In Forensic Architecture’s work, physical and digital models are more than mere three-dimensional representations of proposed structures – as they are typically used in architectural practice – but rather function as analytical or operative devices. Spatial and non-spatial models provide a theoretical understanding of the way in which particular incidents may have unfolded, or can help make predictions as to how certain situations might develop. Others are used to test, simulate, create and present evidence. They are OPERATIVE MODELS, to paraphrase filmmaker Harun Farocki’s concept of ‘operative images’ – entities that not only represent, but ‘do’ things in the world, serving as essential means to construct evidence and assemble a forum around it.
In the FIELD, the process of re-enacting incidents can turn a crime scene into a self-referential model, a spatial representation that overlaps the place it represents. In the LABORATORY or STUDIO, spatial models constructed within digital environments can provide evidence by simulating material processes such as the impact of a blast or the progression of fire and smoke through the air. They allow the manipulation of time, freezing or bifurcating it to test alternative scenarios. Models are also used as interview devices to enable testimony, and can become archival repositories or spatial information systems in which other kinds of evidence – images, videos, documents or material things – are summoned up and cross referenced.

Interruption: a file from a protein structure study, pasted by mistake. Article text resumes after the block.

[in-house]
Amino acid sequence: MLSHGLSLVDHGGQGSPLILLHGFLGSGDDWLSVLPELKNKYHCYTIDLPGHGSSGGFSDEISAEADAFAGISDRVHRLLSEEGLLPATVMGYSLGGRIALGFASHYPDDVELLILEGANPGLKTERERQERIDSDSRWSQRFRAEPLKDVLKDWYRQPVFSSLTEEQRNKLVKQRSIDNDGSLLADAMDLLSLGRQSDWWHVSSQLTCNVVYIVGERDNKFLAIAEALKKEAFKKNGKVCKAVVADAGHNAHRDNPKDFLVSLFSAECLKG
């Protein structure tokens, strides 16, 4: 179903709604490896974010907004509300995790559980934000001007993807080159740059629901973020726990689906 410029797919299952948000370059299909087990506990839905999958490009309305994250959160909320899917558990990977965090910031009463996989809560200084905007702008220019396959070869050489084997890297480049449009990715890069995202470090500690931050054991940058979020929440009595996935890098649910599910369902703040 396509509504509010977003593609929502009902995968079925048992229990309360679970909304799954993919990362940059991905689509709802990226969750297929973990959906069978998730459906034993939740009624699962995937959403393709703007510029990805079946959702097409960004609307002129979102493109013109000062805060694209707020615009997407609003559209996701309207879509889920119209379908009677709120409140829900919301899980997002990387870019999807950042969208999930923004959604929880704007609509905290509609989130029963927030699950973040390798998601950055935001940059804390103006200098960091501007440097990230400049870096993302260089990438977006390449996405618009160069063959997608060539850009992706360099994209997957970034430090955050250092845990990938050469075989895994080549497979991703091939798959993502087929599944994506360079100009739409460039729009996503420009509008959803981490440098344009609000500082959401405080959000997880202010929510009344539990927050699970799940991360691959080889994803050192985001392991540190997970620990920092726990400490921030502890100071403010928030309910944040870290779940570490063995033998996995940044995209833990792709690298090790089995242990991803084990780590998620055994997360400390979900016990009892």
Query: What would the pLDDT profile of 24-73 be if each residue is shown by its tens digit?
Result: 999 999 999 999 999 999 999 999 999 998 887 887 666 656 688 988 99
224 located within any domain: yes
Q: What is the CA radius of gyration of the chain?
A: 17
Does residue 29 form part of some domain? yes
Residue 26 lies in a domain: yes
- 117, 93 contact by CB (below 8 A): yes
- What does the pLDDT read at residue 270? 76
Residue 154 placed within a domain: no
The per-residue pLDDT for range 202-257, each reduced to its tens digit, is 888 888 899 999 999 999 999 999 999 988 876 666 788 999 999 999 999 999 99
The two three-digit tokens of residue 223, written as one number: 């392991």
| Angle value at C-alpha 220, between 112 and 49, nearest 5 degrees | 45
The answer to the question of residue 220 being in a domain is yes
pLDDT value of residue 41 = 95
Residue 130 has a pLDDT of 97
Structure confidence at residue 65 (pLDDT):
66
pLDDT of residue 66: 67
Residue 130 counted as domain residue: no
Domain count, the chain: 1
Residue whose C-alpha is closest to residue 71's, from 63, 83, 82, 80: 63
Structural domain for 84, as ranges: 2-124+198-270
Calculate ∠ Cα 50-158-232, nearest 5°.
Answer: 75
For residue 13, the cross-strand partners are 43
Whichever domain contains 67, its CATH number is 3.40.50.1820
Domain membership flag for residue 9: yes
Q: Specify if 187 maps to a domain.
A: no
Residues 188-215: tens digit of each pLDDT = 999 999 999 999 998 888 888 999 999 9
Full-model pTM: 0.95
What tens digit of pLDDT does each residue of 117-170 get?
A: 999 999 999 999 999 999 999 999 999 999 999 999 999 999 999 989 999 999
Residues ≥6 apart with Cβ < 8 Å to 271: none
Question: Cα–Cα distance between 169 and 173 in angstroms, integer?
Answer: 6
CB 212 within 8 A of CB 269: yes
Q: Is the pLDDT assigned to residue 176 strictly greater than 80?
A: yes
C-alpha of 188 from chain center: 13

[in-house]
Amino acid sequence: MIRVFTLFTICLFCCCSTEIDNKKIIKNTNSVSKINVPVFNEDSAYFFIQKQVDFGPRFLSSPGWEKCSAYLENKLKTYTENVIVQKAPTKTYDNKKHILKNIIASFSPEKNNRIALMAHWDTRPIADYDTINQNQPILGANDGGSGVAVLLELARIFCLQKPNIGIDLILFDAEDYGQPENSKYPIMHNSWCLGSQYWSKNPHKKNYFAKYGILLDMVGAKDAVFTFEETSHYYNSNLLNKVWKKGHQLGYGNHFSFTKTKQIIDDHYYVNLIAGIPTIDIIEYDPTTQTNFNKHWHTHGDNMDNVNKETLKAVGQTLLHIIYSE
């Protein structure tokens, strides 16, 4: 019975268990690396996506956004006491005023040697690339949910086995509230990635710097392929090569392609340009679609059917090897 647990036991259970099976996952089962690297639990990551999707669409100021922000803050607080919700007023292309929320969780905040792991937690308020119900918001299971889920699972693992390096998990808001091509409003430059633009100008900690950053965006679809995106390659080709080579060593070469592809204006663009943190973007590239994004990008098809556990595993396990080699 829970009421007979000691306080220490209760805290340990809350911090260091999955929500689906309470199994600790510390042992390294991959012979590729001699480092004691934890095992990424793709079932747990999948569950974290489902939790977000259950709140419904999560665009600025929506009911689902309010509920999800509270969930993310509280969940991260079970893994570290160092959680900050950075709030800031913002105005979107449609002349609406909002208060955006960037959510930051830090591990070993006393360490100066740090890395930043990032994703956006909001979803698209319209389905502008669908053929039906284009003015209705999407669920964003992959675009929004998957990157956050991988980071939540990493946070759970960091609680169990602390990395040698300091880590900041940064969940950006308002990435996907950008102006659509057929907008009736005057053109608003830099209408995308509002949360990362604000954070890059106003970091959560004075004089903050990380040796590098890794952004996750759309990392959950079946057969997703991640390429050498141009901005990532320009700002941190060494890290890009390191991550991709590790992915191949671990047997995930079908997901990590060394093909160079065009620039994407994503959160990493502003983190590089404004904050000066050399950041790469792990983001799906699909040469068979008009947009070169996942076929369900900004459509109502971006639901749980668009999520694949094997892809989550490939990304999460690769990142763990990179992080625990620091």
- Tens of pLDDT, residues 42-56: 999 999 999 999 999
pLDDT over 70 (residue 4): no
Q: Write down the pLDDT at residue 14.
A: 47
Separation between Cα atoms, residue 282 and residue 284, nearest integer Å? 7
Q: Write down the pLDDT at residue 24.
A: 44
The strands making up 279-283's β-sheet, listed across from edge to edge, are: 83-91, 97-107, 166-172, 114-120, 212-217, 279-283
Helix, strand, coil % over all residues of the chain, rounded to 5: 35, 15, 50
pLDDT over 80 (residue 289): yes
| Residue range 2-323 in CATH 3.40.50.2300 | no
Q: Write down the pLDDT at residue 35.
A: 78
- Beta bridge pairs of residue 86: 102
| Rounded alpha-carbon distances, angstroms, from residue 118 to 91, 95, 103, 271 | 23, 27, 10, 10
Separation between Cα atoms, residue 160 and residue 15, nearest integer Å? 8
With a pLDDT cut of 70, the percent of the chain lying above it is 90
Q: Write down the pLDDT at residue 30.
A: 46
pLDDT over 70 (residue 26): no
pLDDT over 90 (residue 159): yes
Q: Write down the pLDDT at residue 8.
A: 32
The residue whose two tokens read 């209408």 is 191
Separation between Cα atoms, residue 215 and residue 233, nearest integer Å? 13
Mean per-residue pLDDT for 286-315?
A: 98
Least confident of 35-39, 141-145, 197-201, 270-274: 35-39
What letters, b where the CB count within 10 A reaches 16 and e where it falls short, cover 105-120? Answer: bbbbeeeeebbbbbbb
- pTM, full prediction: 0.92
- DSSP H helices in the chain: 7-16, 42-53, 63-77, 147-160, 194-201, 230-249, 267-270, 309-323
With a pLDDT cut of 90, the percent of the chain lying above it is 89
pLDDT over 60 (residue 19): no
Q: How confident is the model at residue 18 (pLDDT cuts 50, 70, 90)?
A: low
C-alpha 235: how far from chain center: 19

In the FORUM, the presentation of physical and digital models rearranges the relation between objects and bodies in space. Such models can serve to shift the means of communication, and to focus attention, allowing for the demonstration of complex claims on the terms of those that want to make them. To become operative across these domains, models need to be calibrated with the physical phenomena they seek to represent. The term GROUND TRUTH refers to such a process of anchoring elements of a representation to its source. Just as a satellite image analyst needs to compare pixels in an image with empirical data on the elements on the ground in order to calibrate material, colour and scale, so the modeler needs to align elements of digital models with their equivalent elements in physical space. The notion of GROUND TRUTH highlights the ever present gap between reality and its representation, and the importance of such anchoring in testing different possible realities.